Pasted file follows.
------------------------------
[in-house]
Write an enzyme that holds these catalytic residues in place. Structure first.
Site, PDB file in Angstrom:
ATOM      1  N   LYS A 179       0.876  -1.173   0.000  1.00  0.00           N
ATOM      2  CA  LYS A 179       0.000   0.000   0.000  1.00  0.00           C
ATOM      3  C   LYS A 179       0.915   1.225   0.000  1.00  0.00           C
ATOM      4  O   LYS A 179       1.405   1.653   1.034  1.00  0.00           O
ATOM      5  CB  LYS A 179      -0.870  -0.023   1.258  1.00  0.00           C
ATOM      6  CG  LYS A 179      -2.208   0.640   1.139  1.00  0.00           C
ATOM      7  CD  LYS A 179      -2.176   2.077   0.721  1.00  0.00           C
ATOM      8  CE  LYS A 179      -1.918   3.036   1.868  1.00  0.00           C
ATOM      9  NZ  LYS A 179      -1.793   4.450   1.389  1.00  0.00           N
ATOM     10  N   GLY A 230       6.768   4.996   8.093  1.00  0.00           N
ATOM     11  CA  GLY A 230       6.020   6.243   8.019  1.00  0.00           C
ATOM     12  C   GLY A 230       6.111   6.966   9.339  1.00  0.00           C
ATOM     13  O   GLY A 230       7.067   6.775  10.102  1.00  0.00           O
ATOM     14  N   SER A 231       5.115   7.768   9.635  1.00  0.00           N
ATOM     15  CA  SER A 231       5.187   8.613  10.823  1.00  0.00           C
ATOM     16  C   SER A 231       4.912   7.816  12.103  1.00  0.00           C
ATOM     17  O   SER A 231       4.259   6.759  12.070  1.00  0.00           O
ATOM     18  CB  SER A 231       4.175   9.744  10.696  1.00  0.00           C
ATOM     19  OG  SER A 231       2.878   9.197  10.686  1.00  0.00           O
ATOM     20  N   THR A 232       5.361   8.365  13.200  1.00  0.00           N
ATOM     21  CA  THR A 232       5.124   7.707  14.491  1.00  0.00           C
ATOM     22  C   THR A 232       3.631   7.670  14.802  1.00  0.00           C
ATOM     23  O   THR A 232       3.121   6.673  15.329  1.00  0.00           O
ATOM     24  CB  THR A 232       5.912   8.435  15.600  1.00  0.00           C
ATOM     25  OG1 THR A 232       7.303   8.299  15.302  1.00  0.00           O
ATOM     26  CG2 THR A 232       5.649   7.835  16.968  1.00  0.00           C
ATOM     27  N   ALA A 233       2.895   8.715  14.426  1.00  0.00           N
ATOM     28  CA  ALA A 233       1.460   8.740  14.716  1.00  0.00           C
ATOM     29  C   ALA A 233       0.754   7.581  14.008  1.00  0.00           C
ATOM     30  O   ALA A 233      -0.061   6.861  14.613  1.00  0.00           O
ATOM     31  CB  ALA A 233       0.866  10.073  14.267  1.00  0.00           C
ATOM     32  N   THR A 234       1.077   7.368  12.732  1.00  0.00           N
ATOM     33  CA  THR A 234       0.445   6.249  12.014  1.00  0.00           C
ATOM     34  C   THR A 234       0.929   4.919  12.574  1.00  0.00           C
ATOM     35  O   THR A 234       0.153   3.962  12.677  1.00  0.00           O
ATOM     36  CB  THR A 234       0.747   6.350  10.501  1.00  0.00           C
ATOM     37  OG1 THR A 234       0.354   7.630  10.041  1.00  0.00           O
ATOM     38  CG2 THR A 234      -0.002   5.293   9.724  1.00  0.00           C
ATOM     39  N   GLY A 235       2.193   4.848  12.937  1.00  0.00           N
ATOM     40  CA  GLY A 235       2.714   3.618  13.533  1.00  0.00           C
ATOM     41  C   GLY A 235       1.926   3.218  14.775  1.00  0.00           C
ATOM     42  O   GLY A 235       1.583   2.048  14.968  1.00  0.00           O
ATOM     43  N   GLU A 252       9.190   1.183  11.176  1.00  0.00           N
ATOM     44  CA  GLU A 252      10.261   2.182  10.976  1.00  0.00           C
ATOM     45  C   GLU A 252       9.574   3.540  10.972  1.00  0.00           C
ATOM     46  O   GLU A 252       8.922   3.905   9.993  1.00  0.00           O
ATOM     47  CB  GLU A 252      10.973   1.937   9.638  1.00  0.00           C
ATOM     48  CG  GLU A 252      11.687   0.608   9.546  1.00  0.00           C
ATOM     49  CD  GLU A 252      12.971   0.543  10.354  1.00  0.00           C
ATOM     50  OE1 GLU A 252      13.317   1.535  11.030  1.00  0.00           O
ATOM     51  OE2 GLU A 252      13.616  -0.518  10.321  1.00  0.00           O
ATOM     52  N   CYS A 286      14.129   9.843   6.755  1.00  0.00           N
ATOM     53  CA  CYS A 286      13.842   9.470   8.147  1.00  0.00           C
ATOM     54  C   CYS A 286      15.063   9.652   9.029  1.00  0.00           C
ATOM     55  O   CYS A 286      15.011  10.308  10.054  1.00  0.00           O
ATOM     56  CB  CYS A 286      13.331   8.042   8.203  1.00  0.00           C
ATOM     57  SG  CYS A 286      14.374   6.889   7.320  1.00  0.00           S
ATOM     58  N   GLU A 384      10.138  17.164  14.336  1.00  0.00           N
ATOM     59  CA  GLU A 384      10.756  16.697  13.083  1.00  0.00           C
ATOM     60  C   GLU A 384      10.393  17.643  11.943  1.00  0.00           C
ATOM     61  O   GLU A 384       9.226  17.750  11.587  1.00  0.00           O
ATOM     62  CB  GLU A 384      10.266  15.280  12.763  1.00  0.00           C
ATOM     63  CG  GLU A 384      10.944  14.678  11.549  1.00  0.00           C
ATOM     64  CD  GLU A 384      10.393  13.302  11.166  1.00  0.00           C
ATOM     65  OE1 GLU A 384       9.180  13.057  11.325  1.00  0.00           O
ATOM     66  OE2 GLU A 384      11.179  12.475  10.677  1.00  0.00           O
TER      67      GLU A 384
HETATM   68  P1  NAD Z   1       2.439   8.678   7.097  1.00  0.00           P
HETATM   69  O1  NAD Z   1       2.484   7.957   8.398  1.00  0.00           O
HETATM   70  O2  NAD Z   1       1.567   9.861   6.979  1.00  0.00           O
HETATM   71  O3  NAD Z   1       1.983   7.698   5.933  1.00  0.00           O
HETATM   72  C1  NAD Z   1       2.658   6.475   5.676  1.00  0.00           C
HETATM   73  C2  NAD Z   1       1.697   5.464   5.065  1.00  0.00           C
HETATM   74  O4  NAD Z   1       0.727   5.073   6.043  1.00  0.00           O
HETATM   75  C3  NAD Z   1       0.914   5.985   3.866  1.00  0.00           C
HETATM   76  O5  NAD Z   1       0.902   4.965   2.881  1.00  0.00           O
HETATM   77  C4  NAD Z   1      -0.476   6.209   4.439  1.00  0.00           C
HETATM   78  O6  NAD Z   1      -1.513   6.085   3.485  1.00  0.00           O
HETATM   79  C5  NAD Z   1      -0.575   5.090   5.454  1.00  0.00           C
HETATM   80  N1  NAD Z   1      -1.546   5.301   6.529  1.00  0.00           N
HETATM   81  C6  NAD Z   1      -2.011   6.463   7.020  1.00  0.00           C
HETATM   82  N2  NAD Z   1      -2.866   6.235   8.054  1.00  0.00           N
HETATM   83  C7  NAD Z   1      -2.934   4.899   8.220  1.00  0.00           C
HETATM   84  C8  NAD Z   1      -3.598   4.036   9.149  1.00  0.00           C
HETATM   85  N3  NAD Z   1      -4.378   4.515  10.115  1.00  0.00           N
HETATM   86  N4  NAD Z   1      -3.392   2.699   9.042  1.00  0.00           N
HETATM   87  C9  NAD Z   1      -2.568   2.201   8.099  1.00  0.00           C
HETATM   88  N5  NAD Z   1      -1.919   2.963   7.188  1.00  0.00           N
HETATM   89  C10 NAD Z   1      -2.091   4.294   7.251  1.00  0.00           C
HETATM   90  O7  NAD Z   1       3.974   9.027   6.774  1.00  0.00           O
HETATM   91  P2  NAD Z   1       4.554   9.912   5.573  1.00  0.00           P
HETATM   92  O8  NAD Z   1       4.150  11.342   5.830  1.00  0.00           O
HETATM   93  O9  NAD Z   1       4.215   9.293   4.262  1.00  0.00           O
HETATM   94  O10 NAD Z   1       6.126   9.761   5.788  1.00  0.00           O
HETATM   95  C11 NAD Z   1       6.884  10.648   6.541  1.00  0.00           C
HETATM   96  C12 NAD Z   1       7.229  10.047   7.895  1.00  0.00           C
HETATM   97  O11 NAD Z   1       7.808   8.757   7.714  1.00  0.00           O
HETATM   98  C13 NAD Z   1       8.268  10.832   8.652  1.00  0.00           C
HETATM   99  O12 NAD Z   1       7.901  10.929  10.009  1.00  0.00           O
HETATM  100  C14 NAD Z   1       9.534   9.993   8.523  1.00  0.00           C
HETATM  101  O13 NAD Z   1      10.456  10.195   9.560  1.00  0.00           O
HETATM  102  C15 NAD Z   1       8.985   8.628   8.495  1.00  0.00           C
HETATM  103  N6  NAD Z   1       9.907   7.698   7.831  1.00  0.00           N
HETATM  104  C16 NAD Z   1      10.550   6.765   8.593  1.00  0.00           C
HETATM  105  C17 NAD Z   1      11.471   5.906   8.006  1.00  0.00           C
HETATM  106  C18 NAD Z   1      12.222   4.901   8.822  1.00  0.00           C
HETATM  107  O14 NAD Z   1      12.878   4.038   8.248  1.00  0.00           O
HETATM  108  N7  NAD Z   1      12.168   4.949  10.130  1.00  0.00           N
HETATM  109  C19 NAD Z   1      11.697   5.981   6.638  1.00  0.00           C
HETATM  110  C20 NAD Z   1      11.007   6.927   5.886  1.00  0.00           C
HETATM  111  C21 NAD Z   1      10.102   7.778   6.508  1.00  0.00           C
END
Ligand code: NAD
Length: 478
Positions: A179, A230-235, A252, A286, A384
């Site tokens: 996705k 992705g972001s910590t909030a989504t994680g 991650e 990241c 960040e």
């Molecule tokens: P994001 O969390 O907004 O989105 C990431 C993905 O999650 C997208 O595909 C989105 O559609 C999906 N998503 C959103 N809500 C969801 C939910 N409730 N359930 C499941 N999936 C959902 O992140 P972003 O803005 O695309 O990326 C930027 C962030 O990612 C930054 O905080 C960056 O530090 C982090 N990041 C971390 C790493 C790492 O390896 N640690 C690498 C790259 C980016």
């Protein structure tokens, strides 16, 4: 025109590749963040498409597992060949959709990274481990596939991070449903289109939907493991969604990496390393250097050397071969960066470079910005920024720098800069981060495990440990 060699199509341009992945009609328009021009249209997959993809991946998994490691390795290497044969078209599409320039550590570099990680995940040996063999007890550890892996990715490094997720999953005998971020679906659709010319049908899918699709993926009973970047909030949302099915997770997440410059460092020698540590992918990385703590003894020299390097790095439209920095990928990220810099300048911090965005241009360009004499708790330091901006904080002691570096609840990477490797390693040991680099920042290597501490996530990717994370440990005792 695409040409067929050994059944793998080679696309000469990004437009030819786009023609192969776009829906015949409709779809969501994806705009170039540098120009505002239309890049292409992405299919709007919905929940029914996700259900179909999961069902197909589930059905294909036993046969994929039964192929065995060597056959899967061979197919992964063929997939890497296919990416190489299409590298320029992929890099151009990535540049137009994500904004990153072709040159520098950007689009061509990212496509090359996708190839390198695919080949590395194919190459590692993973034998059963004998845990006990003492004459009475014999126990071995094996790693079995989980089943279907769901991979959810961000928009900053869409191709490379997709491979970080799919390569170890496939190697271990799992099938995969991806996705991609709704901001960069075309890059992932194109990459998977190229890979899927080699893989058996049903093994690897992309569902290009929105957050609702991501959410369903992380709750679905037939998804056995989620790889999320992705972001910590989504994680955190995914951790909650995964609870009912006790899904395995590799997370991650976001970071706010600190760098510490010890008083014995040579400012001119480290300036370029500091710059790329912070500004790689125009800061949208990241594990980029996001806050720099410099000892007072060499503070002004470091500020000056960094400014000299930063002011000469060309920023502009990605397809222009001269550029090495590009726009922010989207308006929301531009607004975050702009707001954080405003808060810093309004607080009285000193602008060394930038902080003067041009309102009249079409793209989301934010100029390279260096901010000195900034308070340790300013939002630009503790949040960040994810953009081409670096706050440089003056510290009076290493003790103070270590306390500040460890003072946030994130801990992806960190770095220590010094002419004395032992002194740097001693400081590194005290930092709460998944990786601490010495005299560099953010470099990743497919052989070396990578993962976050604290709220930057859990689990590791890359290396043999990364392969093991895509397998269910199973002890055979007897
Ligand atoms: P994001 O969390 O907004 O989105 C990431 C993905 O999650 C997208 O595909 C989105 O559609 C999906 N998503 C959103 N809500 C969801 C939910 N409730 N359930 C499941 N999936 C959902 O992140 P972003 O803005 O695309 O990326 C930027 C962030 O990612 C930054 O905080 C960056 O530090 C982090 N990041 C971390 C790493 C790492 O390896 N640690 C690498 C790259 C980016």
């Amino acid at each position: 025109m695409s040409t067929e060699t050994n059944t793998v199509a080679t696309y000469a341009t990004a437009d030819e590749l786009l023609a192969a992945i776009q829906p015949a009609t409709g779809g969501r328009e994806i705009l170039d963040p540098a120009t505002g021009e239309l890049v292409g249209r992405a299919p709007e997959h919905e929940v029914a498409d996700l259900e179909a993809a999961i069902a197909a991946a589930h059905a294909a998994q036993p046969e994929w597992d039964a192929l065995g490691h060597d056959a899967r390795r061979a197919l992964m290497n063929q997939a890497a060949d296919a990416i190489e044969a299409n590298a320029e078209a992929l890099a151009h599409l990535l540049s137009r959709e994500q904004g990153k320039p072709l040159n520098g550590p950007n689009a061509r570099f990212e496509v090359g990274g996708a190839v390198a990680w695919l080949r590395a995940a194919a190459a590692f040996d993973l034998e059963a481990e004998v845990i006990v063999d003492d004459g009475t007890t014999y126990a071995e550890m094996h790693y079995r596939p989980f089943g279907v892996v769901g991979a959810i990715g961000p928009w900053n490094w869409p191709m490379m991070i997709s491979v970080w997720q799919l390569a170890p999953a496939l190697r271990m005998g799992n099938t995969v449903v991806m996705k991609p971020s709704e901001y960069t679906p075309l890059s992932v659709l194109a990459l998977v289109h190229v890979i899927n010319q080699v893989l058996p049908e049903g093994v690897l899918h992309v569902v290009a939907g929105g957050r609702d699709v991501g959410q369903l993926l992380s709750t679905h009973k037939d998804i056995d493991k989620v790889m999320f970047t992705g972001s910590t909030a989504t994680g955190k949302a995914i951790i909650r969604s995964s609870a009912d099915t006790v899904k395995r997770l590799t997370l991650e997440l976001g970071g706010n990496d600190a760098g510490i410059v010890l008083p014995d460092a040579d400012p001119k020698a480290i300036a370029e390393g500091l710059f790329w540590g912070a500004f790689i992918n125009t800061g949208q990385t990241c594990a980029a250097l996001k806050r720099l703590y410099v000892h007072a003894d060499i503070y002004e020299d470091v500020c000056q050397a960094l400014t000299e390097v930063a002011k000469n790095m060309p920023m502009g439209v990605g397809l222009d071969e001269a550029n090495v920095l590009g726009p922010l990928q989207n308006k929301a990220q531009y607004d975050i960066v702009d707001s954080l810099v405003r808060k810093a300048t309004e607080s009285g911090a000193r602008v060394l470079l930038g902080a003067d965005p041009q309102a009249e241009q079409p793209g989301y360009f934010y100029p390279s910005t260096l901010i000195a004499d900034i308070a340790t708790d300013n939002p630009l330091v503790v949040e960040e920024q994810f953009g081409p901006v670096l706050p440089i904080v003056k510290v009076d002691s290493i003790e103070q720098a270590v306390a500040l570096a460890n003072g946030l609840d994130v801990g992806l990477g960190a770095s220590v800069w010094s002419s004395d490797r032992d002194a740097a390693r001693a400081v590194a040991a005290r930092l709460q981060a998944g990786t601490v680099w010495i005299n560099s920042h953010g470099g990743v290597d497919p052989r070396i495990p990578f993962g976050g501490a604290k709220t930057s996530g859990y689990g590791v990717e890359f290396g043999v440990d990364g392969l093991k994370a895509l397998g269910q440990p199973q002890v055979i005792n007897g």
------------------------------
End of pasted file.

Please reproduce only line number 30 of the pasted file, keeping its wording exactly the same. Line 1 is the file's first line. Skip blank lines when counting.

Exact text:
ATOM     27  N   ALA A 233       2.895   8.715  14.426  1.00  0.00           N